A strategy for accelerating the development of preventive AIDS vaccines

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Excerpt

An effective vaccine against HIV-1 is urgently needed. Many candidate vaccines are currently in or are approaching clinical trials. The selection of vaccines for advanced development is now based on safety and immunogenicity in humans and on the ability of analogous vaccines to protect macaques against SIV. In the next few years, however, many candidates will complete phase II testing and must be prioritized, because phase III efficacy trials are costly, lengthy, and the capacity to conduct them is limited. Given the complexity of HIV pathogenesis and the unconfirmed predictive value of vaccine-induced immune responses in non-human primate challenge studies, AIDS vaccine clinical trials conducted in at-risk populations with clinically relevant endpoints may be the best way to judge the true biological significance of human immune responses to vaccines as well as guiding, accelerating, and prioritizing efficient vaccine development. Phase IIB test of concept trials have recently been proposed to evaluate vaccine candidates for preliminary evidence of efficacy in trials smaller than pivotal efficacy trials [1–3]. The co-primary endpoints are the prevention of HIV infection and a reduction of viral load in vaccinated individuals who acquire HIV [1]. Phase IIB test of concept trials are still large (numbers approximately 2500–8500) and time-consuming (3.5–5 years).
None of the current vaccine candidates is likely to prevent infection completely, because they do not induce potent neutralizing antibodies against primary HIV isolates [4,5]. The failure to protect by antibodies against the HIV envelope may be the result of HIV antigenic variation, a lack of neutralization potency, or additional factors [6]. Most of the current candidate vaccines [7] are designed to induce cell-mediated immunity, which is expected to decrease the HIV viral load in vaccinated individuals who become infected, thereby potentially slowing or preventing progression to AIDS and decreasing infectiousness [8–11]. In HIV-infected individuals, the time to key clinical events in HIV-1 disease progression was significantly longer for those with viral load setpoints 0.5–1.25 log10 copies/ml lower than the reference group [12,13]. Studies in non-human primates have demonstrated that vaccine-induced viral load reduction accompanies increased survival [14]. By quantifying the anticipated clinical benefits of reducing the viral load at setpoint, Gupta and colleagues [15] have supported the use of virological end points in HIV-1 vaccine trials.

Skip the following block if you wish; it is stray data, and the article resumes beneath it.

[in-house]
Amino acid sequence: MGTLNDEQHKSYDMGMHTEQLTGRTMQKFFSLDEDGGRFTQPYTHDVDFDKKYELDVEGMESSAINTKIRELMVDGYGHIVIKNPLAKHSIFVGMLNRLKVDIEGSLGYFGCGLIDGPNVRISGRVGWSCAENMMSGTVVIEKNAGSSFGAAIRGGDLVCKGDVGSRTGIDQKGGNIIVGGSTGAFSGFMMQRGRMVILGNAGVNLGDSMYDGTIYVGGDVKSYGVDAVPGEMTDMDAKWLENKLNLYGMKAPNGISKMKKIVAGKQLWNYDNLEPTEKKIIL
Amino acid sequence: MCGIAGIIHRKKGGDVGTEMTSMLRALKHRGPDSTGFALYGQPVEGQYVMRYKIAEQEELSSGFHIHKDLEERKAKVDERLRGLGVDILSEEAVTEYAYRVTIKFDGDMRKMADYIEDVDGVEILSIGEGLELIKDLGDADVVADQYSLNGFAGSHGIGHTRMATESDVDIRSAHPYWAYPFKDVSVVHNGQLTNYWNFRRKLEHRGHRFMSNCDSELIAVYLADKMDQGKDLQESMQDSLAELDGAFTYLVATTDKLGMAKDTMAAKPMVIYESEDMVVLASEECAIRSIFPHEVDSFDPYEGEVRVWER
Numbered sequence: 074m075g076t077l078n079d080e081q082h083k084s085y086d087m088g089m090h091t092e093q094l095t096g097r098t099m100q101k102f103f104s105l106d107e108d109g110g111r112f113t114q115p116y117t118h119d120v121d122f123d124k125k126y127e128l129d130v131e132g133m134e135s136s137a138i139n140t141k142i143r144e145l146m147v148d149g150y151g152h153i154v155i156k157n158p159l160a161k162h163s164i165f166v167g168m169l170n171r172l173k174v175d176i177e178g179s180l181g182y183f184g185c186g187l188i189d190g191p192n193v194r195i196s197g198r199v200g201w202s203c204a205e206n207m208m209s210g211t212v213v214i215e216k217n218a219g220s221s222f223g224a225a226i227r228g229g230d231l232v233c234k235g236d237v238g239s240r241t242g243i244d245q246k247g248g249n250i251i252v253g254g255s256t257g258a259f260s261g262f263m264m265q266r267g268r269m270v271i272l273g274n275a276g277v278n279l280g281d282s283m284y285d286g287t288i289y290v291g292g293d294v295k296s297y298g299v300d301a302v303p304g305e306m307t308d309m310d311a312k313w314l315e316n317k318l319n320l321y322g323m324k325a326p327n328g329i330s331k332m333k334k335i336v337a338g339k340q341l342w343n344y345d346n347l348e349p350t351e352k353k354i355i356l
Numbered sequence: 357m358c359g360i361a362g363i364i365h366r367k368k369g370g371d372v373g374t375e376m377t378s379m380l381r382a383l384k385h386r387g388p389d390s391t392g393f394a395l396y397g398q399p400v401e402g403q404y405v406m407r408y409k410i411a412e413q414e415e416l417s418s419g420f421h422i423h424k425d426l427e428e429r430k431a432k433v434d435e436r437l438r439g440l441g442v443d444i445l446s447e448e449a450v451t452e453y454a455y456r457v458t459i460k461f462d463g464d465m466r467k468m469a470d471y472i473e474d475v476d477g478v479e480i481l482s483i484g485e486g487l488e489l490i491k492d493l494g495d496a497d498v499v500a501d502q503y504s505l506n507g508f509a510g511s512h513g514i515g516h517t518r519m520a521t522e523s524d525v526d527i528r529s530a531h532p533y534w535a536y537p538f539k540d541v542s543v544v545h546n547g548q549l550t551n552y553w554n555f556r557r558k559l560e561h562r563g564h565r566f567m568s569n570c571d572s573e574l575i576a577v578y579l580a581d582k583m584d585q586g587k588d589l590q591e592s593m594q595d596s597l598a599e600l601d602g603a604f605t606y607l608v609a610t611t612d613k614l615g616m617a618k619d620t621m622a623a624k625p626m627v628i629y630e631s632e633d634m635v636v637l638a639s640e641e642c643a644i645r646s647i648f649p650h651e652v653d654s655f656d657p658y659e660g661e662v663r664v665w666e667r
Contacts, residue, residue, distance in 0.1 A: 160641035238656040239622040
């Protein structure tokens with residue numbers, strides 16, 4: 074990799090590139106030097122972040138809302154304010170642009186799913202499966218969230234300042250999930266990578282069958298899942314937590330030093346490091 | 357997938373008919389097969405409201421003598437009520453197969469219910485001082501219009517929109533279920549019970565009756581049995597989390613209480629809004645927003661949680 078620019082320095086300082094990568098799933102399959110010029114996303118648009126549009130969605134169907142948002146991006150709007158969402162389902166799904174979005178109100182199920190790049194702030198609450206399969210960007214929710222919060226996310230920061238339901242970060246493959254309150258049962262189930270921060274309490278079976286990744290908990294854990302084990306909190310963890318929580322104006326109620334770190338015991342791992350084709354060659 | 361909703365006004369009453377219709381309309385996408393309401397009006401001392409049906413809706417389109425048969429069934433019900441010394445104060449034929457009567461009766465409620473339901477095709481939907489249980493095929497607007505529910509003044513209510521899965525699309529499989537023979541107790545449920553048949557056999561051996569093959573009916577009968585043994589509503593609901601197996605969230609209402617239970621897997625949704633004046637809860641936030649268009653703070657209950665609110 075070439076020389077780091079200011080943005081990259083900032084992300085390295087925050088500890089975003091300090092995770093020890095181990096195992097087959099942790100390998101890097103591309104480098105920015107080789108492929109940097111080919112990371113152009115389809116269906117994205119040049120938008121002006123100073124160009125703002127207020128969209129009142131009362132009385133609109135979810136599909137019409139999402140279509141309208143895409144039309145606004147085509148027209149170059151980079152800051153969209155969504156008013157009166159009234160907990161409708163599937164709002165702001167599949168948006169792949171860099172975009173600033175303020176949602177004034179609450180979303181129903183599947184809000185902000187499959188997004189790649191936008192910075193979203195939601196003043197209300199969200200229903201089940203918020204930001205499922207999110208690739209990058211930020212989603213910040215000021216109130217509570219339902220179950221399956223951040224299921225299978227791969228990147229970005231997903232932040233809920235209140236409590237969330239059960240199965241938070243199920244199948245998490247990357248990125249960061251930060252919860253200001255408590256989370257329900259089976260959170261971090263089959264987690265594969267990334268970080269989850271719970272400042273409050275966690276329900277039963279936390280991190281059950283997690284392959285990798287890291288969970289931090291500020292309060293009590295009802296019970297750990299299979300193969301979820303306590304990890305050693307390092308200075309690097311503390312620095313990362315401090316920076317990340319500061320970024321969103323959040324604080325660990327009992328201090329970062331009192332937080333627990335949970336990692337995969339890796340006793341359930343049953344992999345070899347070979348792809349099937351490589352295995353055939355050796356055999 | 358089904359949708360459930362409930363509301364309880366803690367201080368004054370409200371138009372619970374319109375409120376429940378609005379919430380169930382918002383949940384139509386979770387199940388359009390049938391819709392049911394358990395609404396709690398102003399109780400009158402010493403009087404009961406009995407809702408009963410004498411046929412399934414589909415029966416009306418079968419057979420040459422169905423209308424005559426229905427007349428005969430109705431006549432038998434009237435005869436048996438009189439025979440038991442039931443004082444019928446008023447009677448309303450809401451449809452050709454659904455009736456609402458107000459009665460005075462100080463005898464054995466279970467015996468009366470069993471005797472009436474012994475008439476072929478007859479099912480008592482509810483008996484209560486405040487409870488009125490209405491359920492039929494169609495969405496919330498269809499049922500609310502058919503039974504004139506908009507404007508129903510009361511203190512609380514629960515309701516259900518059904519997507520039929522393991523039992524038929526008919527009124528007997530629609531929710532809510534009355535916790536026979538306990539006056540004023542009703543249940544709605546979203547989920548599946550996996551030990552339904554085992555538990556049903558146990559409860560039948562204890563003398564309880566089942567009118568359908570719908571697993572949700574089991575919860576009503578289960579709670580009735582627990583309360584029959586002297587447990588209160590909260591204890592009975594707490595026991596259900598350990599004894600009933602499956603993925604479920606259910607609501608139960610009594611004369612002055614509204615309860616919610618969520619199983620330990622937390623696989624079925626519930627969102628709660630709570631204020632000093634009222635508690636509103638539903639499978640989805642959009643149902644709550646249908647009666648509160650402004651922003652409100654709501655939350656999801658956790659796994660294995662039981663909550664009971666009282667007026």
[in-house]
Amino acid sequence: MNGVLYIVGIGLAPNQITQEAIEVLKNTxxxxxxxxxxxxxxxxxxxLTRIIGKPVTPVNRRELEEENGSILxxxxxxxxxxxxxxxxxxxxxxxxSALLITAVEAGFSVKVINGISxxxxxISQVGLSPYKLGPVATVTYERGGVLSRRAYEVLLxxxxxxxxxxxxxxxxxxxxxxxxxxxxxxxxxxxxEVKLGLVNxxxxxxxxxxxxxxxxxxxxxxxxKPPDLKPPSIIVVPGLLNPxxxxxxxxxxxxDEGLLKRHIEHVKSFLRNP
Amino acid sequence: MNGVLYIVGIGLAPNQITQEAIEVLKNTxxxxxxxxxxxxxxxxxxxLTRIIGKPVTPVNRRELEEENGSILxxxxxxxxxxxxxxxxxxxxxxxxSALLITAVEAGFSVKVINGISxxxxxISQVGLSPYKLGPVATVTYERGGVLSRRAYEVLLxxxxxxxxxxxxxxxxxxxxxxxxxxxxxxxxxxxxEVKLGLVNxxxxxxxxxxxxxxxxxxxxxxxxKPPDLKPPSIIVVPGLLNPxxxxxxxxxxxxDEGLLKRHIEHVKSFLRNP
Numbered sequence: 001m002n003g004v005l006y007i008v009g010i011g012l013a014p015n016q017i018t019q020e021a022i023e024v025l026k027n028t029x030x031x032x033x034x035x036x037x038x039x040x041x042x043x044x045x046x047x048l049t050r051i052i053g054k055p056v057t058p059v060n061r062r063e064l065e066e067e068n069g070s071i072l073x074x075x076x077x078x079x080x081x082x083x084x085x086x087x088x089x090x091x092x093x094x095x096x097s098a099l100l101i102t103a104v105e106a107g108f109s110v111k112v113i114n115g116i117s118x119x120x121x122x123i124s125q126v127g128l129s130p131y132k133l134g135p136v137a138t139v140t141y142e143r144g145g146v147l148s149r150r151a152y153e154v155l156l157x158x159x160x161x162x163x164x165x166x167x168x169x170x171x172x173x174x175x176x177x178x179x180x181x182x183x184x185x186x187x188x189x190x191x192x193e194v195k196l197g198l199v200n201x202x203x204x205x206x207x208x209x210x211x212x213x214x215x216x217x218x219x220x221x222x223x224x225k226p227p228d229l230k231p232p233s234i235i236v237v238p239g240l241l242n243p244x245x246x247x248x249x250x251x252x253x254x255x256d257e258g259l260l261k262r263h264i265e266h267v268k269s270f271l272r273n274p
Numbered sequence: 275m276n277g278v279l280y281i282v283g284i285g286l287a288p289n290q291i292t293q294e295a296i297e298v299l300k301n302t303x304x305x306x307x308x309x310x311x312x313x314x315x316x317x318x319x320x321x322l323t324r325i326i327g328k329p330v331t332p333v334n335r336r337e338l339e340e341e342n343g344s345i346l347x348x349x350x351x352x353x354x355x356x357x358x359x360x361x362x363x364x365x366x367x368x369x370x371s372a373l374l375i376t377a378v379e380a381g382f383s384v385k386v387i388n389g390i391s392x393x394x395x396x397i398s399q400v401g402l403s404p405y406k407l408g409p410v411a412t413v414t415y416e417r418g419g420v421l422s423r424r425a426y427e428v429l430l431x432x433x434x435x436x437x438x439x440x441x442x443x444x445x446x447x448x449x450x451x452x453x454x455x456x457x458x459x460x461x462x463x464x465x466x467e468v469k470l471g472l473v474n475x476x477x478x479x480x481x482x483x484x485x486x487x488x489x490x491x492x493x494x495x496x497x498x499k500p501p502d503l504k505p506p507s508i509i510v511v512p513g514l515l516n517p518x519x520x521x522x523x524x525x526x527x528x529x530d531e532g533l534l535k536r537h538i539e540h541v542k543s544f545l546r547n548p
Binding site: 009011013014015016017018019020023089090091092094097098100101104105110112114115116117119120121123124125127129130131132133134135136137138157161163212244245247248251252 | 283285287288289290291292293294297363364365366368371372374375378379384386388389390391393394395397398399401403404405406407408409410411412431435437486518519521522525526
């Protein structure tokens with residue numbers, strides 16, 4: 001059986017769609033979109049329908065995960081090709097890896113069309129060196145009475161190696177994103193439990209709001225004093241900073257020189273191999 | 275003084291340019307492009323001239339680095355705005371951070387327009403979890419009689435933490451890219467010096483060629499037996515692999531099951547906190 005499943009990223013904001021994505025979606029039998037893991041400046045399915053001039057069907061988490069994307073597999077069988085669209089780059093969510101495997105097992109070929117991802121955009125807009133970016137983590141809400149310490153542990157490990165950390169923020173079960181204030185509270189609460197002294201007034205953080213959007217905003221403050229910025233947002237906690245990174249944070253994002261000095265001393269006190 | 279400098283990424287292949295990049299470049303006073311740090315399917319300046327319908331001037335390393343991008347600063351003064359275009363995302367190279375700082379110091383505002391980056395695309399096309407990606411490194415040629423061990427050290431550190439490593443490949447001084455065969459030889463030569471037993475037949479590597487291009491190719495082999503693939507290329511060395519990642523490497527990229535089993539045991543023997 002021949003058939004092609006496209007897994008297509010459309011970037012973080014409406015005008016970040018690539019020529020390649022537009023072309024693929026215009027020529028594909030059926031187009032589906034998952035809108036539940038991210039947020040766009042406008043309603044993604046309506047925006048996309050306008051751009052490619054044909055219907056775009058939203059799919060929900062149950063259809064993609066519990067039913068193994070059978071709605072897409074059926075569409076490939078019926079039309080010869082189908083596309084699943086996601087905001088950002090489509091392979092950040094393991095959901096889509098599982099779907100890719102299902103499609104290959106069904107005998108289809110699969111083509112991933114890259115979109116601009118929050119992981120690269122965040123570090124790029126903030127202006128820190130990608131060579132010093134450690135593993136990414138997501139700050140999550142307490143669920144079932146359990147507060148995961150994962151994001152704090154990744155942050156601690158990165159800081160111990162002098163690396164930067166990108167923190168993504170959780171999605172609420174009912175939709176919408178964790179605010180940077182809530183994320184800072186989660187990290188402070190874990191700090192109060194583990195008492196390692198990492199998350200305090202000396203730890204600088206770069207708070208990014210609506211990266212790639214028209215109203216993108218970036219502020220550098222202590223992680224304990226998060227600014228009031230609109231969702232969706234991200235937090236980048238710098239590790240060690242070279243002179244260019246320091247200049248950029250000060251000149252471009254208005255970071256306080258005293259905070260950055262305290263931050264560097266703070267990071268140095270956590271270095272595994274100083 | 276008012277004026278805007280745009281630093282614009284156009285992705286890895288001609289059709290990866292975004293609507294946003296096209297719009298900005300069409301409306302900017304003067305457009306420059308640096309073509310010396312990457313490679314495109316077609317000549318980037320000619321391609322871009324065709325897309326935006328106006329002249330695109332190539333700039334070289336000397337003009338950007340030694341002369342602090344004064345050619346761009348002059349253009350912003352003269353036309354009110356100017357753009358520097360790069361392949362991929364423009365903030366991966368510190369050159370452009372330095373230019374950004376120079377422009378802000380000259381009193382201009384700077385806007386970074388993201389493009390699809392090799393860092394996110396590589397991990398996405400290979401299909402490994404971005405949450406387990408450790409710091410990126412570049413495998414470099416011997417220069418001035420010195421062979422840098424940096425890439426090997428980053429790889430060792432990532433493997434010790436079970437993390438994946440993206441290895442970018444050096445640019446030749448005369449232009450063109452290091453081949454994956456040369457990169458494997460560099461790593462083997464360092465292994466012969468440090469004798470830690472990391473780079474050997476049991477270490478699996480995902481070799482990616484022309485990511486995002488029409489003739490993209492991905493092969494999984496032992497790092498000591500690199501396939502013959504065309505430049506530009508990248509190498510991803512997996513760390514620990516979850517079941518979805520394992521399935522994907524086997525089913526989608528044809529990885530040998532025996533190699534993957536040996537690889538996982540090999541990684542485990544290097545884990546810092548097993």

Given the hypothesis that the primary effect of current vaccines will be to reduce viral load, we propose a more efficient strategy for determining the value of various vaccine approaches: screening test of concept (STOC) trials. The primary endpoint of a STOC trial is plasma HIV-RNA viral load at setpoint in individuals who acquire HIV. Approximately 30 total HIV infections are required to detect a 1.0 log10 reduction in viral load with adequate statistical power. Data from these trials can demonstrate biological plausibility that a cell-mediated immunity-based vaccine has a meaningful effect, although if the reduction were only 1.0 log10, the next step might be to begin an interactive process, improving the vaccine and conducting another trial. Along with evidence of efficacy in animal models, safety and immunogenicity data, and feasibility of vaccine manufacture and distribution, these trials could serve to accelerate promising candidates to phase III trials, or limit the use of resources on less effective candidates.
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